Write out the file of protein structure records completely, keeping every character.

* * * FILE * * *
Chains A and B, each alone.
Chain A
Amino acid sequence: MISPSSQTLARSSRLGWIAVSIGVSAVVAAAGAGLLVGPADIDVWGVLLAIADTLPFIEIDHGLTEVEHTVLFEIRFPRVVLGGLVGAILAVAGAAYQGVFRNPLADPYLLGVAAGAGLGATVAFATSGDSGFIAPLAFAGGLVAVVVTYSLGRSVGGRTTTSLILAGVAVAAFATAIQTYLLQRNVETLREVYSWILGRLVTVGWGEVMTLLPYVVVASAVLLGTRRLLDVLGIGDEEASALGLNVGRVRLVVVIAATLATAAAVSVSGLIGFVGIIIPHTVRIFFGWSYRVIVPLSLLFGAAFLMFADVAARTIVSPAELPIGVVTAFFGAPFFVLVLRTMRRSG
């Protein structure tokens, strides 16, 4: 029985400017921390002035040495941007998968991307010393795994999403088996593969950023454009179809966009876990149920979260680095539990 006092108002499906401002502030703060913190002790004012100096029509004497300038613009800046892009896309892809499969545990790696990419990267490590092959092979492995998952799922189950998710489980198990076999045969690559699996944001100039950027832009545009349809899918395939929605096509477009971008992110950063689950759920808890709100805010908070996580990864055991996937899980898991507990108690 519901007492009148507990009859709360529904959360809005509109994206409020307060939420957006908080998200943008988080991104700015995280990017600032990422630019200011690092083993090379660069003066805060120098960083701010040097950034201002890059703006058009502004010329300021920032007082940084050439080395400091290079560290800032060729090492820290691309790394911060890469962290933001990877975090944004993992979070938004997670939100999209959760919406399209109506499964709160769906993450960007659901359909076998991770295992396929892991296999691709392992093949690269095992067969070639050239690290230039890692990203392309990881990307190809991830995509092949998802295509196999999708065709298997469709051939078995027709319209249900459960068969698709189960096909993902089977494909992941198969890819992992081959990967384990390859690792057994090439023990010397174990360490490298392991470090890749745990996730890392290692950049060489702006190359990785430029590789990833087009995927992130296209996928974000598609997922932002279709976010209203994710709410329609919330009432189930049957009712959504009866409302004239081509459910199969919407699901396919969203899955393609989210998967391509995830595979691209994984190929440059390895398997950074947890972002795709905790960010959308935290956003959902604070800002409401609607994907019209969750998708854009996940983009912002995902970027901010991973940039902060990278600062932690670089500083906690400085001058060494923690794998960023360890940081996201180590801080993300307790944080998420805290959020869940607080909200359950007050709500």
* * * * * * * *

Chains A and B, each alone.
Chain A
Amino acid sequence: MISPSSQTLARSSRLGWIAVSIGVSAVVAAAGAGLLVGPADIDVWGVLLAIADTLPFIEIDHGLTEVEHTVLFEIRFPRVVLGGLVGAILAVAGAAYQGVFRNPLADPYLLGVAAGAGLGATVAFATSGDSGFIAPLAFAGGLVAVVVTYSLGRSVGGRTTTSLILAGVAVAAFATAIQTYLLQRNVETLREVYSWILGRLVTVGWGEVMTLLPYVVVASAVLLGTRRLLDVLGIGDEEASALGLNVGRVRLVVVIAATLATAAAVSVSGLIGFVGIIIPHTVRIFFGWSYRVIVPLSLLFGAAFLMFADVAARTIVSPAELPIGVVTAFFGAPFFVLVLRTMRRSG
């Protein structure tokens, strides 16, 4: 029985400017921390002035040495941007998968991307010393795994999403088996593969950023454009179809966009876990149920979260680095539990 006092108002499906401002502030703060913190002790004012100096029509004497300038613009800046892009896309892809499969545990790696990419990267490590092959092979492995998952799922189950998710489980198990076999045969690559699996944001100039950027832009545009349809899918395939929605096509477009971008992110950063689950759920808890709100805010908070996580990864055991996937899980898991507990108690 519901007492009148507990009859709360529904959360809005509109994206409020307060939420957006908080998200943008988080991104700015995280990017600032990422630019200011690092083993090379660069003066805060120098960083701010040097950034201002890059703006058009502004010329300021920032007082940084050439080395400091290079560290800032060729090492820290691309790394911060890469962290933001990877975090944004993992979070938004997670939100999209959760919406399209109506499964709160769906993450960007659901359909076998991770295992396929892991296999691709392992093949690269095992067969070639050239690290230039890692990203392309990881990307190809991830995509092949998802295509196999999708065709298997469709051939078995027709319209249900459960068969698709189960096909993902089977494909992941198969890819992992081959990967384990390859690792057994090439023990010397174990360490490298392991470090890749745990996730890392290692950049060489702006190359990785430029590789990833087009995927992130296209996928974000598609997922932002279709976010209203994710709410329609919330009432189930049957009712959504009866409302004239081509459910199969919407699901396919969203899955393609989210998967391509995830595979691209994984190929440059390895398997950074947890972002795709905790960010959308935290956003959902604070800002409401609607994907019209969750998708854009996940983009912002995902970027901010991973940039902060990278600062932690670089500083906690400085001058060494923690794998960023360890940081996201180590801080993300307790944080998420805290959020869940607080909200359950007050709500």